RAMONA AUSTIN: I've had really interesting comments, and I've had comments that have made me feel really, really gratified about the show and how it works and how people see it. There are people who have come up to me and said, it made me feel like a person, even though they weren't Black. And I feel good about that because we're all a part of the human race, and the economic, the social, and the political situation can determine each of our own specific experiences.

But through those experiences, there are reactions that are universal to us all because we are all human beings. I mean, if you're oppressed, you feel anger, you feel bitterness, you feel sorrow, you feel grief. That oppression may come in different terms with different political, social, economic colorings. But oppression is oppression is oppression. You see? So a person who is sensitive to the universality of oppression or joy or any human emotion is in some way going to see himself reflected because there are common to anyone.

And I wanted my show to make a tremendous human statement. At the end of it, you could walk away feeling uplifted. I'm tired of walking away from things in which I feel no hope, and I want people not to walk away with a dippity do attitude, or that things have been glossed over. But this is the way things are.

This is some of the truth, and yet at the same time, feel very, very good and positive about being human. And I'd like that to happen to the people in the audience. No matter whether they're white or Black or whatever, I'd like them to go away feeling that way, and it's no good, however. If it isn't, it can't do that. If it isn't really speaking to the Black experience, then it becomes something else altogether, and it loses its validity.

SPEAKER: One of her concerns about their reactions is that they expect to see a big, elderly Black woman doing traditional material.

RAMONA AUSTIN: People do have a stereotype in their mind of the type of people who come around and do the thing that I do. Now, Nikki Giovanni is much more known. So people know what her image is going to be like before she comes out, i mean, what she looks like. But they don't know that about me.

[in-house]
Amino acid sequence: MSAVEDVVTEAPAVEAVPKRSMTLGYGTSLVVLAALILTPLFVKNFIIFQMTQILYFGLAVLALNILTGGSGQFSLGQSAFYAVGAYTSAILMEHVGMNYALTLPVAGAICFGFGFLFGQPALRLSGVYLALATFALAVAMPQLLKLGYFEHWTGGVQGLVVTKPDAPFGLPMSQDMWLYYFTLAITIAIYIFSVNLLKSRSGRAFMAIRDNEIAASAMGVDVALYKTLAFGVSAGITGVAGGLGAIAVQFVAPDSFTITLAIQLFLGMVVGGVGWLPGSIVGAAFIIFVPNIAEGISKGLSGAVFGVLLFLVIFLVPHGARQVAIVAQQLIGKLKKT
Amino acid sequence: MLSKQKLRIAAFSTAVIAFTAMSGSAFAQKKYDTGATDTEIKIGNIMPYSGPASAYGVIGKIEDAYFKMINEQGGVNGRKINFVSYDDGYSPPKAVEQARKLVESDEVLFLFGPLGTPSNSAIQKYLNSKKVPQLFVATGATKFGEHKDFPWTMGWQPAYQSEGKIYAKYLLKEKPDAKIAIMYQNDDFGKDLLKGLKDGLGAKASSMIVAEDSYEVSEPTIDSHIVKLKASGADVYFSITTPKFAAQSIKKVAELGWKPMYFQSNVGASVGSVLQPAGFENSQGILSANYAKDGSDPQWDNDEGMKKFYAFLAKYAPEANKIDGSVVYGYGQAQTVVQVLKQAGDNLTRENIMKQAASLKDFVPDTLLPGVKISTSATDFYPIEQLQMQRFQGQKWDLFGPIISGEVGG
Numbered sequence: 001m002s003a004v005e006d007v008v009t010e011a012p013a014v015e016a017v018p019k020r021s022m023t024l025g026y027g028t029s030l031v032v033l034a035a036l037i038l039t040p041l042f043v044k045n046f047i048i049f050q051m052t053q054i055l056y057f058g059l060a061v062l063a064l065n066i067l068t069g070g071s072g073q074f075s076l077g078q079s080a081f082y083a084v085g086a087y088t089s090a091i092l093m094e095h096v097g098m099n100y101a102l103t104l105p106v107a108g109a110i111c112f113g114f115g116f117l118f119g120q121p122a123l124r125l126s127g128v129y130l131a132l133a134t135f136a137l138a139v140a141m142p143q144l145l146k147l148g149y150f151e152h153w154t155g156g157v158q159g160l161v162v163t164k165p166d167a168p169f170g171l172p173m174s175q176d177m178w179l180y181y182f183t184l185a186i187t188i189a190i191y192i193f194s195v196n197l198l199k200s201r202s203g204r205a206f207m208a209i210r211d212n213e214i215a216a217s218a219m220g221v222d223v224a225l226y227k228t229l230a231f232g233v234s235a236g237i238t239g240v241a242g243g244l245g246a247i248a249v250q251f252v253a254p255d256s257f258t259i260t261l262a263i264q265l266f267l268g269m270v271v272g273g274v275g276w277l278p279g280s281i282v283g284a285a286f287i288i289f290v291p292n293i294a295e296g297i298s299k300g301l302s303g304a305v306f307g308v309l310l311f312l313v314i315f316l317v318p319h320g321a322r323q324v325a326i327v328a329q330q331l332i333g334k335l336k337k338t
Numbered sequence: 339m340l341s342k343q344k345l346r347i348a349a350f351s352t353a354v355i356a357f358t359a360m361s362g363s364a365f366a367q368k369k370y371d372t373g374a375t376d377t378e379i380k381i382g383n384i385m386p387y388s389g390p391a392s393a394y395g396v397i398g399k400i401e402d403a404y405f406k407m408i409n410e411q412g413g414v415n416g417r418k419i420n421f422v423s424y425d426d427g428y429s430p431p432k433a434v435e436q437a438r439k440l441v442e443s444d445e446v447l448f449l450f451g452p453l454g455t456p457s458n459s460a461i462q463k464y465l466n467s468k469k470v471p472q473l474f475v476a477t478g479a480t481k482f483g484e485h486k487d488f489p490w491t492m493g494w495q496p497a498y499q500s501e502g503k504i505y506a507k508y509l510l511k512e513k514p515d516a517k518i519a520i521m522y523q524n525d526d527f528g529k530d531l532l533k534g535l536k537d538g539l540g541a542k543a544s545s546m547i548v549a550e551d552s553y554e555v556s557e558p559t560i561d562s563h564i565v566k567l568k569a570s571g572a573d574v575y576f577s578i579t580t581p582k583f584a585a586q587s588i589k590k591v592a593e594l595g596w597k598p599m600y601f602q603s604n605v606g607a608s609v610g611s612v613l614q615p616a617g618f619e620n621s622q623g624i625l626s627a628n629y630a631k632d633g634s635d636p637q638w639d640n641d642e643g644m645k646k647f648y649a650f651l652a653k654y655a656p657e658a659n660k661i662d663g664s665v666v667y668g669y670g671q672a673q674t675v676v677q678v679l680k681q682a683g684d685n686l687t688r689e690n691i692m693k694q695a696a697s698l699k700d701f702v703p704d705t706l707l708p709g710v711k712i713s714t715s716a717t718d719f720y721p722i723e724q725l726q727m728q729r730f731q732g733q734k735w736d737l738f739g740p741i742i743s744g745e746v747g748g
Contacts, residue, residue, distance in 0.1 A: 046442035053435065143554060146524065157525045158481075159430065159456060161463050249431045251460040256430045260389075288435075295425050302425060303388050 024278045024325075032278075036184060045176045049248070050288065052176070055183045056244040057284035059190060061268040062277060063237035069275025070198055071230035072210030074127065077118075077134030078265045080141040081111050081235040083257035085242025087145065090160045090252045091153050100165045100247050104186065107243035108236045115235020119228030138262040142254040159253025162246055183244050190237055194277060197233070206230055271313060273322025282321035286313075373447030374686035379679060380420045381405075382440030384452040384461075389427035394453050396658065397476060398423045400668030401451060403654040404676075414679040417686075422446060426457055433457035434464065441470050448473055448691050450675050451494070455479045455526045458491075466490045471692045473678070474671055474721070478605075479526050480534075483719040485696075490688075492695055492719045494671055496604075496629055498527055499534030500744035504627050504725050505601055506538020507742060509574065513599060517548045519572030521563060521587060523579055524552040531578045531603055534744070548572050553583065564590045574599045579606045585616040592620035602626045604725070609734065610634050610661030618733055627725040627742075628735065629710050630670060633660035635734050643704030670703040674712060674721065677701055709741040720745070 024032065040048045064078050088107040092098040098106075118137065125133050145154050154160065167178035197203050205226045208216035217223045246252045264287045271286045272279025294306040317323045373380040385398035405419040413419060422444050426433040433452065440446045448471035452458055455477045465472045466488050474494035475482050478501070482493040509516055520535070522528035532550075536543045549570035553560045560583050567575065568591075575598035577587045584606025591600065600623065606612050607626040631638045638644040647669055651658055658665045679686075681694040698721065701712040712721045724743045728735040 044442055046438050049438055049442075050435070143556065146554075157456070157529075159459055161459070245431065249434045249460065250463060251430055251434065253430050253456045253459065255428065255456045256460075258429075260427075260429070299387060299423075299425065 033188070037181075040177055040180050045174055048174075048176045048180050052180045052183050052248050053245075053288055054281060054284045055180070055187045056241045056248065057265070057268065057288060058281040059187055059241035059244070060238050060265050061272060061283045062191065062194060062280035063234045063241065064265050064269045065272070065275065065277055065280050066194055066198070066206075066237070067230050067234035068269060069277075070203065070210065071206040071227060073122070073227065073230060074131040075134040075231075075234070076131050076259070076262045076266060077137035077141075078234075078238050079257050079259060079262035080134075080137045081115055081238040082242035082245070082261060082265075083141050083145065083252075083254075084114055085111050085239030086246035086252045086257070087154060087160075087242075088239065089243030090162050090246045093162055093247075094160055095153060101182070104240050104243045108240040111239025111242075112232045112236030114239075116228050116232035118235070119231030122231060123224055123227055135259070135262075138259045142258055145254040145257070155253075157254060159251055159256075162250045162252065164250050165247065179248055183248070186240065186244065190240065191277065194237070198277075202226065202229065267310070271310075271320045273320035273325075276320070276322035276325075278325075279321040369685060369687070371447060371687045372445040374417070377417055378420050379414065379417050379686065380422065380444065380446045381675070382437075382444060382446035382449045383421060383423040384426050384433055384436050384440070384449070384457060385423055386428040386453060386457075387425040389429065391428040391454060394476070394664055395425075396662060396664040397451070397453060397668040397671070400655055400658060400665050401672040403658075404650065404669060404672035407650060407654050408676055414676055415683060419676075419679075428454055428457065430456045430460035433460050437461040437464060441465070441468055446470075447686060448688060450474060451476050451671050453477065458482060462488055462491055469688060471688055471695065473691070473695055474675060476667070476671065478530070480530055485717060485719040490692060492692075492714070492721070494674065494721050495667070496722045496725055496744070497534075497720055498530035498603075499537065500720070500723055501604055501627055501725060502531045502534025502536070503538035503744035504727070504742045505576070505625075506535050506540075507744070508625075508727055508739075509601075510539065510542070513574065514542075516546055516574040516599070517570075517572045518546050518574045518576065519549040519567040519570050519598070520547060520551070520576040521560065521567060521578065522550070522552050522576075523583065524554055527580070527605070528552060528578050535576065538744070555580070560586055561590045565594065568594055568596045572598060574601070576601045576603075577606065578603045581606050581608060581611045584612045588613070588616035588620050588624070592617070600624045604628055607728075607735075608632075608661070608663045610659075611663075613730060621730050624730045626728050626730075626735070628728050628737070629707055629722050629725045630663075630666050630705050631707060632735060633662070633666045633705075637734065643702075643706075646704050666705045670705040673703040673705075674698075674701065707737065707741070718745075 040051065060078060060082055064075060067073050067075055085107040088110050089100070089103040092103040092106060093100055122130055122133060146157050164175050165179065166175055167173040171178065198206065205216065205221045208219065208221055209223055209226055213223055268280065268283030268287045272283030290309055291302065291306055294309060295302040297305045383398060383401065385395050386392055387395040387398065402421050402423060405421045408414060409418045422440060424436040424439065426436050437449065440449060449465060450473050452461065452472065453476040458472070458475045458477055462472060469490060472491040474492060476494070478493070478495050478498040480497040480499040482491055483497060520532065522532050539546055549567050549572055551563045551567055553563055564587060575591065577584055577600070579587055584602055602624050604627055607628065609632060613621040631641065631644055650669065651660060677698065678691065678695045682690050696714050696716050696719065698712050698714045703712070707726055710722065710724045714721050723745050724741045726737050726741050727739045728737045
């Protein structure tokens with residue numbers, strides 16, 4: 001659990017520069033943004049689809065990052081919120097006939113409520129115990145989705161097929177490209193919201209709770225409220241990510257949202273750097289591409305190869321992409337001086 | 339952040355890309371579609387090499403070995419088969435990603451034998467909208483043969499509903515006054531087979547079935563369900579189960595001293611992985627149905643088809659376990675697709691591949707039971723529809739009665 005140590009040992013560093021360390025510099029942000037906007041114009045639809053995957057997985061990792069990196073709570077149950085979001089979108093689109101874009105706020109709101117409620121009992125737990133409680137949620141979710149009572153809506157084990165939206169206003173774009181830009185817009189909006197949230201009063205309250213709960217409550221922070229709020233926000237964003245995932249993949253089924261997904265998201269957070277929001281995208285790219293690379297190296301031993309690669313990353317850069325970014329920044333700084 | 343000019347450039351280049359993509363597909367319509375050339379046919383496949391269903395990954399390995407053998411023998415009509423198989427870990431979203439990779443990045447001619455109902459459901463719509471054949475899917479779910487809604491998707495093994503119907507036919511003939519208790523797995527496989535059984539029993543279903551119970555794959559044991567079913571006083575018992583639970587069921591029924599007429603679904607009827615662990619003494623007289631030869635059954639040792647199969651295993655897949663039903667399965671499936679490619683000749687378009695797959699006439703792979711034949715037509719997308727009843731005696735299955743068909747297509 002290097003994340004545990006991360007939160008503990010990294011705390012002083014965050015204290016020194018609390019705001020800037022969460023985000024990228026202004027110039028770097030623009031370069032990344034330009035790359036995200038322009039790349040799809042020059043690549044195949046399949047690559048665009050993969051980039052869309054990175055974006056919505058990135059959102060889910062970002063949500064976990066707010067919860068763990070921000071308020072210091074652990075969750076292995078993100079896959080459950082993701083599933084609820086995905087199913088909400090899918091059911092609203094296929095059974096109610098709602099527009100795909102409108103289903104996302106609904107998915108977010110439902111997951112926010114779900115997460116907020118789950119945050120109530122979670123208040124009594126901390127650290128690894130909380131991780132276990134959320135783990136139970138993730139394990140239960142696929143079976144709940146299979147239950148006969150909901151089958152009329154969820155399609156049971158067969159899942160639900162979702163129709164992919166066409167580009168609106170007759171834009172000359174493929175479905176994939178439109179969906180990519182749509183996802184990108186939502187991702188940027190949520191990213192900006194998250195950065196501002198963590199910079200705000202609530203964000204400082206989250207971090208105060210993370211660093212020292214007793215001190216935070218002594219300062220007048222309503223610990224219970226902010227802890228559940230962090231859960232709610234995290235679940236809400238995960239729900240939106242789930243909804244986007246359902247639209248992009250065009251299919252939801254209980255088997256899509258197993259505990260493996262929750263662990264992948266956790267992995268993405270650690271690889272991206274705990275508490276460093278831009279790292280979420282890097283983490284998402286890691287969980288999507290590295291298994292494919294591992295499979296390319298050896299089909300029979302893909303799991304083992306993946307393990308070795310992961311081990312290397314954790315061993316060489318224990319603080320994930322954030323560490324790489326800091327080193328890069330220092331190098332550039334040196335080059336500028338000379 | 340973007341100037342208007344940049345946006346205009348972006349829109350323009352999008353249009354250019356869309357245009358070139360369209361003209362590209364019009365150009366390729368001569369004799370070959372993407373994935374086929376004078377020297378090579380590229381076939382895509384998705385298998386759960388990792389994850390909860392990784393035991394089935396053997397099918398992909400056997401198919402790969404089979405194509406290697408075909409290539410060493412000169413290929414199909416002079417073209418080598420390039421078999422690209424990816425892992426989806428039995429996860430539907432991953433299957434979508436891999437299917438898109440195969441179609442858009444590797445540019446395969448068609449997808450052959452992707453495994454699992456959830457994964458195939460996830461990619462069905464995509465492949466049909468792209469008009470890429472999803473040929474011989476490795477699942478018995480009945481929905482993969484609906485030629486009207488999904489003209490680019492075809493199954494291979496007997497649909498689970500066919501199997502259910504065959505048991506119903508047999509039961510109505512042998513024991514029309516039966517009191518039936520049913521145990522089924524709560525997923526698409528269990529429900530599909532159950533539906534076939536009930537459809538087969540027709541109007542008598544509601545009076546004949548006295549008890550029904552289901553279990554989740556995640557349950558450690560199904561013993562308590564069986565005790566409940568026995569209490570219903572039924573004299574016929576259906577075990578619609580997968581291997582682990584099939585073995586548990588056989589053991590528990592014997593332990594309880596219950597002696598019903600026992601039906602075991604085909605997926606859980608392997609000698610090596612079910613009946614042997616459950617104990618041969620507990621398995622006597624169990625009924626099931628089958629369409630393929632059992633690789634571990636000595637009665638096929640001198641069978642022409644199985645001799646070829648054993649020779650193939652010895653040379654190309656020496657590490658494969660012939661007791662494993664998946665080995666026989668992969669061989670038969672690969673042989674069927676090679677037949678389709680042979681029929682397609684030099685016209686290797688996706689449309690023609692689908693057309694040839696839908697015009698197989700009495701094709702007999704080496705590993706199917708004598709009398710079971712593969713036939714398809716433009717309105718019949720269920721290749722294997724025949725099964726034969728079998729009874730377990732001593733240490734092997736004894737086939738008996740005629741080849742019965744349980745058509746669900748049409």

And they really remember in their high school auditoriums and assemblies and things an elderly person coming out and giving a dramatic presentation so that when I walk in, and I'm petite, and if you see me from the back, you really think I'm quite young, that people do. They just don't expect someone like me to walk in. I've had it said to me time and time again, "My goodness, you're really not what we expected."

SPEAKER: There will be two performances today. One at 2:00 PM. The other at 8:00. Here she is again with another presentation.

RAMONA AUSTIN: You know, I really need to kiss you when I want to kiss you where I want to kiss you because this is my house, and I plan to live in it. You know, I really need to hug you when I want to hug you as you like to hug me. Do you think this is a silly poem? I mean, it's my house, and I'll fry pork chops and baked sweet potatoes and call them yams because it's my kitchen and I can stand the heat.

You know, I spent all winter in carpet stores buying patches to make a quilt. Well, I don't know. Maybe this is a silly poem. I mean, I want to keep you warm. And so what if my windows are dirty? It's my house, and if I can't see out, they can't see in either. You know, English is a difficult language to express emotions through. I suppose because people speak English rather than speaking through it.

I mean, this is my house, and I'll bake fudge and press my lips to his chocolate warmth and call it love and smile at old men and call it revolution, because what is real is really real, and I still like men in tight pants because everybody's got something to give, and more important, something to take. And this is my house, and you make me happy. So this is your poem.